Cooper and Selfe (1990) describe how they had tried in previous, traditional classrooms to engage their students in questioning and objecting, voicing opinions, and openly discussing ideas. They had been trying to spur students to resistance and challenge and exploration of students’ own concepts. They had "almost despaired of achieving" this atmosphere of argumentative discourse. But when their students sat behind computers and typed out responses to synchronous chats and discussion groups, the teachers discovered a realization of their hopes. (p. 857). Students showed initiative, assertive presentation of their own thoughts, and active involvement in the forum. There was a dramatic difference, to the point that the students took over the discussions, in many cases, and directed them in ways the teachers never foresaw.

But, as Barker and Kemp (1990) admonish, "simply plugging computers into classrooms will not automatically transform this instructional environment" (p. 26). The effectiveness of computer use is dependent on the pedagogy practiced rather than on technology.

Though English teachers recognize this and want to change the old hierarchies established in teacher-directed classrooms, they maintain the former situations. New, non-traditional forums must be applied. Cooper and Selfe (1990) recognize the necessity for patterns of interaction among students that disrupt teacher dominance (p. 847). CMC enables "the kind of learning through discourse that we know is important but that is often frustrated by the structures of our educational institutions" (p. 849).

Postmodern pedagogy seems to fit the computerized classroom better than it does the traditional classroom situation. Conversely, old pedagogy does not work in the computerized classroom. Webb (1997) asserts that technology without associated critical pedagogy reinforces old axioms. Though there are many claims that network technologies redefine writing and the English classroom, the technology itself is not what is causing the change. She maintains that "if we do not actively teach our students to use technologies critically, they will map their traditional concepts . . . onto the new technologies" (p. 73). What makes a difference is the pedagogy. We cannot apply old traditions to new technology and expect a positive change.

A computerized class not properly guided can lead to conflict and diversity in the classroom. In analyzing why her computer assisted class did not meet her expectations, Sibylle Gruber reviewed the experience of Marshall Kremers, from the New York Institute of Technology, who taught an ENFI class (see page ten). Kremers is a strong traditionalist, according to Gruber, and tried to apply his teacher-directed pedagogy to a CMC setting. She extrapolated that Kremer’s attempt failed partially because he did not "establish an explicit pedagogy that allows for the integration of students’ experiences and students’ voices to inform academic learning" (p. 74). Kremers looked to the technology to make the changes.

As in Kremer’s class, a response paper was assigned in Gruber’s class. The students were required to write long, formal, academic essays and transmit them via email. The students hated the exercise and reluctantly carried out the motions. Nevertheless, after an experience with a synchronous chat, a casual and lively discussion began on email. The comments were bold in that they addressed issues of gender that normally would not be discussed face-to-face. The instructor intervened and reprimanded the students for their remarks. Again, students were backed into silence or only cursory engagement in the medium. Trying to re-assume the role of authoritarian squelched student voices and snatched away their personal power. As Gruber sums it up, technology is innocuous, but the correct pedagogy is necessary to facilitate positive discourse and learning (p. 74).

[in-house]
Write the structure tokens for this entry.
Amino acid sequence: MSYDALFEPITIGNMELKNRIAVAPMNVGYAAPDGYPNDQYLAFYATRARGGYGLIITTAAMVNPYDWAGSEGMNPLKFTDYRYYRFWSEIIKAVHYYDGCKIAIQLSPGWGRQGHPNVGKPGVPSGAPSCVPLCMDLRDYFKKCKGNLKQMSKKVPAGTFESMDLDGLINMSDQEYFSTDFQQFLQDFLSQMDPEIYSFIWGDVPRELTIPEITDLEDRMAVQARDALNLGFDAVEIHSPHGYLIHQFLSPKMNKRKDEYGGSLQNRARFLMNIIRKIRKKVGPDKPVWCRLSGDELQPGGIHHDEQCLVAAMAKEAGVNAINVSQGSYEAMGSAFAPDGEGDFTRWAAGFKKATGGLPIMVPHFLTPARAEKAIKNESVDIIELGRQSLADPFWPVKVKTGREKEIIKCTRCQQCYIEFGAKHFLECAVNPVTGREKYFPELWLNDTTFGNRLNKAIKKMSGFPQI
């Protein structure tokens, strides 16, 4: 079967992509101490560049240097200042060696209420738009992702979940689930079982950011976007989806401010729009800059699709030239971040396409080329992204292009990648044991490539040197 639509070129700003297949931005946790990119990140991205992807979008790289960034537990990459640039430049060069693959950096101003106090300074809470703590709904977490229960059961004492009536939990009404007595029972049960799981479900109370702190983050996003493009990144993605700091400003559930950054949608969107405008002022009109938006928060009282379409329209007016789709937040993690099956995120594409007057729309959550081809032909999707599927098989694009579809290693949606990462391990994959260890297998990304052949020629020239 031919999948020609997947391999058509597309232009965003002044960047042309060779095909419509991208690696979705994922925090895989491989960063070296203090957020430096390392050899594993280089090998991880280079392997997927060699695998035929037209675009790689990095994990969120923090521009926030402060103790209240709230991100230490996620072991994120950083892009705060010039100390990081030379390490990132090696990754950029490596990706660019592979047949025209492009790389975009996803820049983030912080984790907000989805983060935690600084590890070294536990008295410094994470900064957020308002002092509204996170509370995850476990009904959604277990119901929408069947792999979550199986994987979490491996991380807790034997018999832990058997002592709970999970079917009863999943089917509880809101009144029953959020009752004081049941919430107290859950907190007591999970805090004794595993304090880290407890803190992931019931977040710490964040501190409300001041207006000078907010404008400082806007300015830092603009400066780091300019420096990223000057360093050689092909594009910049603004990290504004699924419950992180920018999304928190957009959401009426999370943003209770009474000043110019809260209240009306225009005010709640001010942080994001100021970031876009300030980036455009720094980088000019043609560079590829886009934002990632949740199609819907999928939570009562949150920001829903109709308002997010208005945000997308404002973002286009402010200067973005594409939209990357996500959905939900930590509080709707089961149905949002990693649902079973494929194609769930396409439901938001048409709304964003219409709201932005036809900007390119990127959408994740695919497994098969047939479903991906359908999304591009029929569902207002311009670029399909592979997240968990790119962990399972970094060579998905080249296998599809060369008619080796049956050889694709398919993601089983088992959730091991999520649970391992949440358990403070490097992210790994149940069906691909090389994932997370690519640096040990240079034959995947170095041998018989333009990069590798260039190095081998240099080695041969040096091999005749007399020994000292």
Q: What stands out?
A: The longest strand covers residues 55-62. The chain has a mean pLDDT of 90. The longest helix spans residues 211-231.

The bold comments of the students are examples of what Cooper and Selfe (1990) call "thinking and writing against the grain of convention" (p. 850), which is necessary for students to question the "authoritarian values" of traditional classrooms (p. 857). Computer-mediated communication provides a non-traditional forum where students can "develop a critical consciousness" (p. 850). This new platform invites students to "resist, dissent, and explore the role that controversy and intellectual divergence play in learning and thinking" (p. 849). When the teacher’s dominant role is diminished and consequently students’ attitudes of accommodation, the importance of discourse is enhanced. We have seen how, through CMC, students gain power in their own learning, exercise their own voice in discussions, and consequently "learn through discourse" (p. 858).

Computerized composition seems to be custom made for postmodern theory, or vice versa. Hawisher (1992) correlates networked technology to social constructivist theory, because CMC is "intrinsically communal" (p. 82). Teachers need to adapt pedagogy to technology and "endorse a view of meaning as negotiated, texts as socially constructed, and writing as knowledge creating" (p. 83). Bolter (1992) recognizes this relationship. He says, "postmodern theorists from reader-response critics to deconstructionists have been talking about text in terms that are strikingly appropriate to hypertext in the computer" (p. 24). This is an echo of Barker and Kemp’s (1990) interpretation of postmodern theory, who define it as "self-conscious acknowledgment of the immediate present and an attempt to respond to it in new ways" (p. 1). Today’s student requires a "pedagogy [that] should be open, inclusive, nonhierarchical, consensus based, and process oriented" (p. 5). CMC contributes to this pedagogy.